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Tenured Teachers: Shape Up or Ship Out

Regarding the opinion-page article "Don't Eliminate Tenure Just to Trim Deadwood," Feb. 22: The authors are concerned about the fate of tenure. Here's a reform that would help save tenure from being dismantled:

Make grants of tenure for a limited period, say five years. At the end of that time, evaluate the tenured individual's public pronouncements on controversial topics. If the individual has not raised a ruckus, then tenure could be terminated on the grounds that the individual has no need for it. The tenured post could then be passed on to someone else, in hopes that better use would be made of the protected free speech it is designed to enable.

This arrangement might urge tenured laggards to action. Those who viewed tenure as a way to become deadwood would have to consider shaping up, or risk being shipped out. Activists who used their tenure to challenge the community would doubtless keep files of the activities to support their request for continued protection. The review would be conducted on the basis of the exercise of free speech, not the quality of teaching. This could be handled in other ways, such as those the professors suggested (e.g., merit pay).

Perhaps this idea should be tried at a few institutions to see how it works out.

John H. Tanton

Petoskey, Mich.

Why drug use is on the rise

The opinion-page article "Preventing Teen Drug Abuse," Feb. 27, is a classic example of the old axiom, "When something isn't working, do it harder." More than a decade into the war on drugs - an effort marked primarily by bureaucratic empire builders squandering billions of dollars while trampling civil rights - drug use is on the rise. Rather than urging us to "enhance the work that's already been done," Bob Dole should instead ask, "What's so wrong with our reality that tens of millions of citizens attempt to escape it through the use of illicit (and licit) drugs?"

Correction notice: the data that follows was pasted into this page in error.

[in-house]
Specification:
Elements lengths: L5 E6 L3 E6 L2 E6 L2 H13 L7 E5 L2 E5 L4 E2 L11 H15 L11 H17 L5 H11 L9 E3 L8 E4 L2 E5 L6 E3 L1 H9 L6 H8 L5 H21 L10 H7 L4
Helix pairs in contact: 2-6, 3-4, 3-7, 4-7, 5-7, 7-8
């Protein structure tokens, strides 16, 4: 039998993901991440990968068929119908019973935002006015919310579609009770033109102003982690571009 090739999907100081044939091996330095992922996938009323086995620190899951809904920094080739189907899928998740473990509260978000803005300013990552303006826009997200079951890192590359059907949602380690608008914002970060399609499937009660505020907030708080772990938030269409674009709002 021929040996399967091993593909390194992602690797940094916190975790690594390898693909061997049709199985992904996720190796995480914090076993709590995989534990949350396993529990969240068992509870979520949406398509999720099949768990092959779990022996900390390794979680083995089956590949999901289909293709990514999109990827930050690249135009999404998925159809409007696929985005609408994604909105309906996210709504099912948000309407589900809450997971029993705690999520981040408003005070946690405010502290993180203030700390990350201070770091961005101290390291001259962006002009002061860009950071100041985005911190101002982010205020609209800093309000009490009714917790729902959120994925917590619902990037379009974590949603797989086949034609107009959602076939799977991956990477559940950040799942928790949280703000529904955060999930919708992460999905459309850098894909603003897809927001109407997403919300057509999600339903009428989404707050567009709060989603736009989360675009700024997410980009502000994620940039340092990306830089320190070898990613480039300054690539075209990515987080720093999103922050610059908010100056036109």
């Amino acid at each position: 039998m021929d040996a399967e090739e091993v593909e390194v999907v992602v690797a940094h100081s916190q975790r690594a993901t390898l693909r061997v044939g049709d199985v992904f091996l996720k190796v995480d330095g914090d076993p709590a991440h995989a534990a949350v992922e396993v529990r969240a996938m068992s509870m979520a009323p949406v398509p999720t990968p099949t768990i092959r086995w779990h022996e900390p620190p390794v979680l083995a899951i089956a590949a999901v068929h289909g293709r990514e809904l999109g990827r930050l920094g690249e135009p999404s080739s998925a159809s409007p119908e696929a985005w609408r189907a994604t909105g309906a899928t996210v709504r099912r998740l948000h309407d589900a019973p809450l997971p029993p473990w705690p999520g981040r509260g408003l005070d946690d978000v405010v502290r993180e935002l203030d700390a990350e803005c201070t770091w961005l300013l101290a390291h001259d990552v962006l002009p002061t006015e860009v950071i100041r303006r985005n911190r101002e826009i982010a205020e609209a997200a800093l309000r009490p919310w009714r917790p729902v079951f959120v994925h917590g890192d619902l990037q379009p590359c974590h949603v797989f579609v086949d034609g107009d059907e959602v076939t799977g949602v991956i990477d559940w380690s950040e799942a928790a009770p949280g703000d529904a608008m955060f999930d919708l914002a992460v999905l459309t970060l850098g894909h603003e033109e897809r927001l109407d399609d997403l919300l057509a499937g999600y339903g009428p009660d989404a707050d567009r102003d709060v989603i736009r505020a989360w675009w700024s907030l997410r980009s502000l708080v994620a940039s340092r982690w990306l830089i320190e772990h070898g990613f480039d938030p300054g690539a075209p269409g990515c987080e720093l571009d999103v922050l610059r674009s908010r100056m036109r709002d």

A quick look around gives some answers: crumbling cities, diminishing resources, collapsing ecosystems, lack of meaningful work, a growing gap between rich and poor, and a rapidly growing world population.

The fact is that the future of our kids, and that of our planet, depend on addressing the issues of population, poverty, inequity, environmental destruction, and injustice. Drug abuse is a symptom, not a cause. Until Senator Dole and his fellow politicians acknowledge this reality, they're just blowing smoke.

John Goekler

Lopez Island, Wash.

Thumbs up for 'Mr. Holland's Opus'

We seldom go to the movies anymore because of the violence, crime, sex, and general immorality they so often seem to portray. Recently, however, someone recommended "Mr. Holland's Opus." Having read the article " 'Mr. Holland's Opus' Champions Key Issues With Syrupy Screenplay," Jan. 22, we were hesitant about going. However, we found it to be one of the most heartwarming, refreshing movies we have seen in a long time. We are disappointed to see a review which discourages people from enjoying a film which has so much to offer on the positive side. A movie with a sense of goodness and strong morality should be encouraged.

Patti and Gary Sigurdson

Western Springs, Ill.

The path to a more rewarding life

Regarding the article "Small Is Beautiful - The Old '70s Idea Sounds Good Again," Feb. 15: Our organization has been tracking new thinking and real-world projects inspired by E.F. Schumacher (who coined the above-mentioned phrase), among others, for the past 16 years. The number of people who have reservations about traditional economics are growing at an extraordinary rate - even among academic economists.

History and all of the great religious and philosophical traditions have warned against excessive materialism for centuries. Thanks to Schumacher and a number of other socioeconomic inventors, the various paths to a more balanced and rewarding life in cooperative societies are well marked.

Creative thinking and problem solving by thoughtful people in small groups, neighborhoods, and communities are already demonstrating that things can change for the better if we stay focused on the real world.

John Applegath

West Swanzey, N.H.

Founder, The Society for Human Economy

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